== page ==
Absolutely not. The same goes for this sonata as for the "Pastoral" Symphony No. 6, which is more feeling than tone-painting. All the same, over the first three crotchets of the introduction, which move so wonderfully downwards from E-flat Ma?jor to impart a false sense of c minor, Beethoven wrote the three syllables of the word "Le-be-wohl," which give rise to a genuine leitmotif. And as such it threads its way through the entire open?ing movement, sometimes quite clearly, at others more veiled--as a means of setting the mood, but at the same time as material for thematic trans?formation. In addition, this first theme is strongly reminiscent of a horn call, which also takes into consideration the notion of time as related to leave-taking and departure. As early as the up?beat to bar 3 we find a second fragmentary motif:
while the right hand ascends in a sort of "sighing" manner, the lower line of the left-hand part curves downwards in chromatic steps as though pained, and in a manner that almost accords with the "lamento" basses that Bach habitually introduced at suitable moments. So we could track down a good many references to "literary" themes in "Les Adieux," which is a work that presents great com?positional subtlety.
The 16-bar introduction is followed by an "Alle?gro" whose basic style is not calculated to convey great sadness.
On the contrary, this "Allegro" in alia breve nota?tion at first presents an affirmation of life. It also exploits a keyboard compass of almost orches?tral breadth. But in the very short development section the juices thicken, and a great deal of it sounds chilly and dissonant: the gateway towards the composer's late style already seems within reach. In addition, the chromaticism of the tran?sitional theme (bar 35 ff), which is clearly derived from the opening bars, acquires more of a sense of pain--you could transcribe its three-note mo?tif into speech, as "please do stay!" for instance, or "do not go!" There are passages that dilute or alleviate the "Allegro" momentum, and Wil-helm Kempff was quite right to point out to a pupil of his that she shouldn't play the piece too fast. The coda, which is on a large scale, varies the horn call once more into something nostalgic, and the many long notes seem to have absorbed the "flowing" music, until the quavers return, as though wanting to carry the friend's coach off, and make it disappear from sight.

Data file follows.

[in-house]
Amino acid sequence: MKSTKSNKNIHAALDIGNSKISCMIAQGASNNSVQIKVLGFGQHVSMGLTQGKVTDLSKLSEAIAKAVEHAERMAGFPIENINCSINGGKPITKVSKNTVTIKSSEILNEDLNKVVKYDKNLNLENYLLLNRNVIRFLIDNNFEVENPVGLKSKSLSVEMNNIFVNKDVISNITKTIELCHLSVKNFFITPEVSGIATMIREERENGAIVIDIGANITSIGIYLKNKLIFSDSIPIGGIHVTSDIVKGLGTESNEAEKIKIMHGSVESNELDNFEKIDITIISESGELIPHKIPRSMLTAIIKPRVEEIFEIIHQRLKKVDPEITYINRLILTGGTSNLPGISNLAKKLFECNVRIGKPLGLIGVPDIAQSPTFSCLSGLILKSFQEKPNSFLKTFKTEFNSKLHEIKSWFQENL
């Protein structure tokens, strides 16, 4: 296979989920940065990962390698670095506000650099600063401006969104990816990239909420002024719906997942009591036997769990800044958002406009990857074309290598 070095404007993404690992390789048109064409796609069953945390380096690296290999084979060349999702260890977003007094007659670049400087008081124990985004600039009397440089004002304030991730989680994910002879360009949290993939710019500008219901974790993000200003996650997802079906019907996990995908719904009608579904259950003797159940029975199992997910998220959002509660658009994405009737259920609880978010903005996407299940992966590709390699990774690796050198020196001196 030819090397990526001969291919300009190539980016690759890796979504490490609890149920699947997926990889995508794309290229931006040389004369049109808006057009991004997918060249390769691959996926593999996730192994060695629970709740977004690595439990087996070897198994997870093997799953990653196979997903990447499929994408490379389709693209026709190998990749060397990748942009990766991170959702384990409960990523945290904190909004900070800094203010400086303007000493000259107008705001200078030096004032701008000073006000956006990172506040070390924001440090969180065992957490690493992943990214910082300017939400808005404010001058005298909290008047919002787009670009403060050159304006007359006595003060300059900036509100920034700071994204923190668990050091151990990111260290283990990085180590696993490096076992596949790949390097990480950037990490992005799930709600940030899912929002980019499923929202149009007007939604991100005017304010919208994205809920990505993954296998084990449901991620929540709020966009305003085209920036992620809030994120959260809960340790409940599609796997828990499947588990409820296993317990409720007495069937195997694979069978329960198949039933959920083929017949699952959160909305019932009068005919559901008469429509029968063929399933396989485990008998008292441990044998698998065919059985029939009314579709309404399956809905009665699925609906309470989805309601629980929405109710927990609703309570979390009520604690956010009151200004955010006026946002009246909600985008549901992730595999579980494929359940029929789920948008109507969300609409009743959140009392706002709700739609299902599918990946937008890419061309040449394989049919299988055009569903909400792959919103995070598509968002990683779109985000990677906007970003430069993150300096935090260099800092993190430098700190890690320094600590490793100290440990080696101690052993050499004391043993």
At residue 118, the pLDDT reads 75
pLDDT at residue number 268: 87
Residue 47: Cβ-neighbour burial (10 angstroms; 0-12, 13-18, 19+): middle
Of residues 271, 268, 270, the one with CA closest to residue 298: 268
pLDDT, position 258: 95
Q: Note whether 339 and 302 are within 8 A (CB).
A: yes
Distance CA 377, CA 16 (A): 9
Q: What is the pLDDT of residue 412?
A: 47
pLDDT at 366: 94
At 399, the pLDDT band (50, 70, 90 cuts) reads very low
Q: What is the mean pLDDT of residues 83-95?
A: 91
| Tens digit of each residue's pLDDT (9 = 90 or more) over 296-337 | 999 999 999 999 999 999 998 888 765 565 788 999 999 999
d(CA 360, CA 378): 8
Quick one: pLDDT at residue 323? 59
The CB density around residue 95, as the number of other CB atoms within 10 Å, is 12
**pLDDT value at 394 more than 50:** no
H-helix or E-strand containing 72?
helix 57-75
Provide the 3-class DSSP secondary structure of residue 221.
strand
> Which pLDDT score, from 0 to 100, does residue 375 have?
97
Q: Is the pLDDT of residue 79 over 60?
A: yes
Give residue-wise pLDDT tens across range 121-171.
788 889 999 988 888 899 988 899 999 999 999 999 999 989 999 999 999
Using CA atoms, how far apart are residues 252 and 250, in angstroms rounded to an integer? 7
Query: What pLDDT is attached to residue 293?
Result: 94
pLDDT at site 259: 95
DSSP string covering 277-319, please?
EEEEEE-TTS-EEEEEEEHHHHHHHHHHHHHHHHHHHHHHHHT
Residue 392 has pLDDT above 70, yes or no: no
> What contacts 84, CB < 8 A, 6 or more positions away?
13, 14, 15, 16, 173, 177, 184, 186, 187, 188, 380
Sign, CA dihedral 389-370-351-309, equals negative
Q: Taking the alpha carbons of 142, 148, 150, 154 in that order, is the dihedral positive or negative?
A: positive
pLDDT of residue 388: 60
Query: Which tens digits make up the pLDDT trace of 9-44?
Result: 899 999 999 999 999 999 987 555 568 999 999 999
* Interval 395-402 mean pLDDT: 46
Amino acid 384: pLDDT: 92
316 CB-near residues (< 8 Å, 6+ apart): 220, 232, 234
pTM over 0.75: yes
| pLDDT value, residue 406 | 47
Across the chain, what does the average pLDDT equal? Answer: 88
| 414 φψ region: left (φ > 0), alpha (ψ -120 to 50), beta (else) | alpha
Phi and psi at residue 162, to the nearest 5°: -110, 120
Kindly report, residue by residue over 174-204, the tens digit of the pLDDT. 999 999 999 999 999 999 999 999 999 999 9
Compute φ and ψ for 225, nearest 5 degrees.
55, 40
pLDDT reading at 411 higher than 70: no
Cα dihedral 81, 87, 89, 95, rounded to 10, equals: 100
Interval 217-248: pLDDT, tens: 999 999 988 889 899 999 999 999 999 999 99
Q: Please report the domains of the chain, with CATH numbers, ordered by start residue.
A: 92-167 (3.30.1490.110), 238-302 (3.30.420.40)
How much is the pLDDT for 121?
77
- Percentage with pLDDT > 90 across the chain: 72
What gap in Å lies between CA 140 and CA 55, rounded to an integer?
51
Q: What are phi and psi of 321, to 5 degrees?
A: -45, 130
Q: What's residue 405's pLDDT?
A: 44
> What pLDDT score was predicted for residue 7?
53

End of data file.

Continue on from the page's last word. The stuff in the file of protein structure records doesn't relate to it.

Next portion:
The second movement, "Absence," is another in?terlude in the manner of the "Introduzione" of the "Waldstein" Sonata--a transition to the finale, even if in this case it is done with gestures full of pathos.
Without the "Waldstein" as a model it would hardly have been imaginable. When Beethoven adds "At walking-pace, but with much expres?sion," the pace is certainly laden with worry. The minor-mode atmosphere, the anguished sforzato phrases, the staccato passages in the left hand, the chromatic interjections, the slow-moving har?mony before we at last arrive at an unambiguous
c minor--all this makes the extremely rhetorical character of this widely wandering transition clear. And if we wanted to look for a literary equivalent for the opening theme, we could formulate it as "Where are you" In other words, what we have here is poetical music of a quite particular den?sity, and the performer has to articulate it with corresponding precision. Any generalized account fails to do justice to the immense richness of the ideas--but of course that goes without saying for Beethoven's late works in general.